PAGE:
Kindergarten Boot Camp

Kindergarten Boot Camp

Springfield preschool invites veteran kindergartners to explain what to expect at school.

Megan Gaydos paused from her lecture to engage the audience. "Does anybody have any questions?" she asked.

A few hands raised nervously from the crowd of nearly 20 students.

"Do we eat lunch with our friends?" asked a girl in pink sitting in the front row.

Megan knew the answer to that one.

"They call it snack," she said matter-of-factly. "But we did cafeteria practice, where we went into the lunchroom."

The word sparked some recognition in the audience.

"Hey, preschool has snacks," said a boy in a striped shirt.

Megan and Helga Bakke, both kindergartners at Orange Hunt Elementary in Springfield and members of Daily Scout Troop 6124, were the authorities in the room when they visited TOT Preschool in Springfield on Monday, May 23. The topic of their lecture — "What Kindergarten is Like."

"Usually we pick up books and we have someone who reads us a book everyday. We pick our own books," explained Helga to the captive audience.

"In PE class, we play sports and games, and we go to art class, and we make pictures and projects," said Megan.

It was the first year TOT, a ministry of Sydenstricker United Methodist Church, has offered the program. Both kindergartners spoke to four separate sections of the preschool's 4-year old classes.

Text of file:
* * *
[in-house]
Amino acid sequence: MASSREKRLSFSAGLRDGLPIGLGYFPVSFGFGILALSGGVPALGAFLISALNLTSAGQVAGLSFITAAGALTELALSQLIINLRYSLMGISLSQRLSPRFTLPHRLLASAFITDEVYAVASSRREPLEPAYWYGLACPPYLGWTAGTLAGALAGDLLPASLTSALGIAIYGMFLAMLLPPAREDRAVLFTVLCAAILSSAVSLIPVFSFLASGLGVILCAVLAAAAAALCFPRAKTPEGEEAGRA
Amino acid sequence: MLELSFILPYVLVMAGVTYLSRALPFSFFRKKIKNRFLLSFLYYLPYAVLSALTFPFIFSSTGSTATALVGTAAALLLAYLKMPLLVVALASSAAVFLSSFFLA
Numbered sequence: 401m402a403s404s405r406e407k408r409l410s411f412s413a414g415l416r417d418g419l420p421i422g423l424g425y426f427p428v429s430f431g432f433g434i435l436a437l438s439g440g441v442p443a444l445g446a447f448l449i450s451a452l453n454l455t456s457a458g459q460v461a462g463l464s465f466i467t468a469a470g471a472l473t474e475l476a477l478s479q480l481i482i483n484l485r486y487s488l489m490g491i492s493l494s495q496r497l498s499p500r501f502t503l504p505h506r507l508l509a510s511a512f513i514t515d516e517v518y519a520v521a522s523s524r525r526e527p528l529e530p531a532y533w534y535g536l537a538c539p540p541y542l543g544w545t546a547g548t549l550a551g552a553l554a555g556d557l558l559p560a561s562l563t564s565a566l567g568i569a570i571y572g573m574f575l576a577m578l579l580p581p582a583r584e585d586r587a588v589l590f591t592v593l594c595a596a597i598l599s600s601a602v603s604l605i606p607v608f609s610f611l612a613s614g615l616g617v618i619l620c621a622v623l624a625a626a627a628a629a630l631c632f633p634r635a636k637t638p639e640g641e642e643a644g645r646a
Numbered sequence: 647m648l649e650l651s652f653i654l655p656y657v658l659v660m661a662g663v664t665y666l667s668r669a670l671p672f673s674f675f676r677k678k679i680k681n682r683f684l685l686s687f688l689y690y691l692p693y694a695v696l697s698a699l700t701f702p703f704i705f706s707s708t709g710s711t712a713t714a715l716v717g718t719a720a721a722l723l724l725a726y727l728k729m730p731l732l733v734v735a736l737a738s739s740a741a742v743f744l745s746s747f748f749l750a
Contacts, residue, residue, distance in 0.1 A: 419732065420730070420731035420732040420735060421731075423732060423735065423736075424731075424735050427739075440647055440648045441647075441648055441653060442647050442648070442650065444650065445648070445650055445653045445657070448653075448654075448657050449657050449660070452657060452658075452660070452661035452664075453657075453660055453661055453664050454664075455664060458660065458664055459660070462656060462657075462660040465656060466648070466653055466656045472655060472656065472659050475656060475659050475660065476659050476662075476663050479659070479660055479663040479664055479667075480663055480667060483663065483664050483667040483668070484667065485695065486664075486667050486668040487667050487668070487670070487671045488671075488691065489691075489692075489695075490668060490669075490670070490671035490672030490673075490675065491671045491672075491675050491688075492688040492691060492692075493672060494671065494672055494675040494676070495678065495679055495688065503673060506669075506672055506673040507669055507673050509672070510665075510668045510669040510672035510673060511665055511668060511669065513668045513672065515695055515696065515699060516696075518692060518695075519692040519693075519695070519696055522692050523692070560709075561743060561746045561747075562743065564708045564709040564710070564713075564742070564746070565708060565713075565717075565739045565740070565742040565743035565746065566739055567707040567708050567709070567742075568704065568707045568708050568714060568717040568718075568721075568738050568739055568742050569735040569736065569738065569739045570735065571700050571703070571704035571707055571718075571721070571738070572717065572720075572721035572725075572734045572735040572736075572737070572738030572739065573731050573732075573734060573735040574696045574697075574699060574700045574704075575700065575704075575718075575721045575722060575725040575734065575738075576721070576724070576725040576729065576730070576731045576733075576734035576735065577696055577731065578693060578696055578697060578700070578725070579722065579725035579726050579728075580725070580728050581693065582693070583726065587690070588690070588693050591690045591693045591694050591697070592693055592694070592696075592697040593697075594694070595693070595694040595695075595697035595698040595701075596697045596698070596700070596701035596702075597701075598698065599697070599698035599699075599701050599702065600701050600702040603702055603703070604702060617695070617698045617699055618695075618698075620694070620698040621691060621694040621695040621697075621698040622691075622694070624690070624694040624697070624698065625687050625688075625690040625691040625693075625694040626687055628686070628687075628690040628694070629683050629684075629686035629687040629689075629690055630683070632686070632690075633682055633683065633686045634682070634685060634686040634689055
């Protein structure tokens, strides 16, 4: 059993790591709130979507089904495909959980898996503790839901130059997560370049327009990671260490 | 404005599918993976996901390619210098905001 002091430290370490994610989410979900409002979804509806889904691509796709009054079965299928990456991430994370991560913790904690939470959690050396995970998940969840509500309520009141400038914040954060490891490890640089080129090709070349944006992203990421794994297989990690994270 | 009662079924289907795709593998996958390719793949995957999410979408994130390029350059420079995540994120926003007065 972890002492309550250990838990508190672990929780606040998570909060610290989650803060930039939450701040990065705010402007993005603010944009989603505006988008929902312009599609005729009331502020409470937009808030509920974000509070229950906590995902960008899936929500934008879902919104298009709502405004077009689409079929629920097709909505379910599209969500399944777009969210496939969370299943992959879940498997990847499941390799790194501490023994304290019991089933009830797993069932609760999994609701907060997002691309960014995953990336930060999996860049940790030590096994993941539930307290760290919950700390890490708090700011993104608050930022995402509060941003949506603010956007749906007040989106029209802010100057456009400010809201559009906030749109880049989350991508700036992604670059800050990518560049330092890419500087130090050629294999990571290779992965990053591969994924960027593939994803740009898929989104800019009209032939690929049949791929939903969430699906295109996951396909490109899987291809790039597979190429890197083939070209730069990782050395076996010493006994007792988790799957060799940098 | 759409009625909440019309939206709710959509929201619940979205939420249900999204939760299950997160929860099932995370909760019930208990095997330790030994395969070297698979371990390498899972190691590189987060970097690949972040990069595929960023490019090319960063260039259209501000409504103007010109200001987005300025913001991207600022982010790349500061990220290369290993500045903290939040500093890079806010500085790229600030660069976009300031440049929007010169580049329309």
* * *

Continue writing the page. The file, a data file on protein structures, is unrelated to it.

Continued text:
"We're trying to make sure they're bridging, that they have an understanding of what kindergarten is like," said Shirley Edwards, director of the preschool. "I think it's more meaningful when it's coming from kids their age."

ALONG WITH answering questions, Megan and Helga displayed their picture journals, a record of their progress over their year in kindergarten.

"I liked learning about Abraham Lincoln. He was the 16th president," said Megan, who also displayed pictures of studies of the Pilgrims, and of a trip to Grandma's house.

"It might reinforce what they've learned. You don't realize what you've learned until you reflect back on it," said Rhonda Gaydos, assistant Daisy Scout troop leader and Megan's mother. "As an adult even, it can be hard to get up in front of people."

At first, the two girls displayed some nerves when speaking to their peers. But by the time they visited their second classroom of the day, they had hit their stride.

"Why do we go to kindergarten?" asked one girl.

"To learn about stuff," said Helga, who had a question of her own.

"Do you guys know what recess is?"

They were all over that one. Hands shot up all over the room.

"We run around and stuff, and go down the slide," said another boy. "It's outside."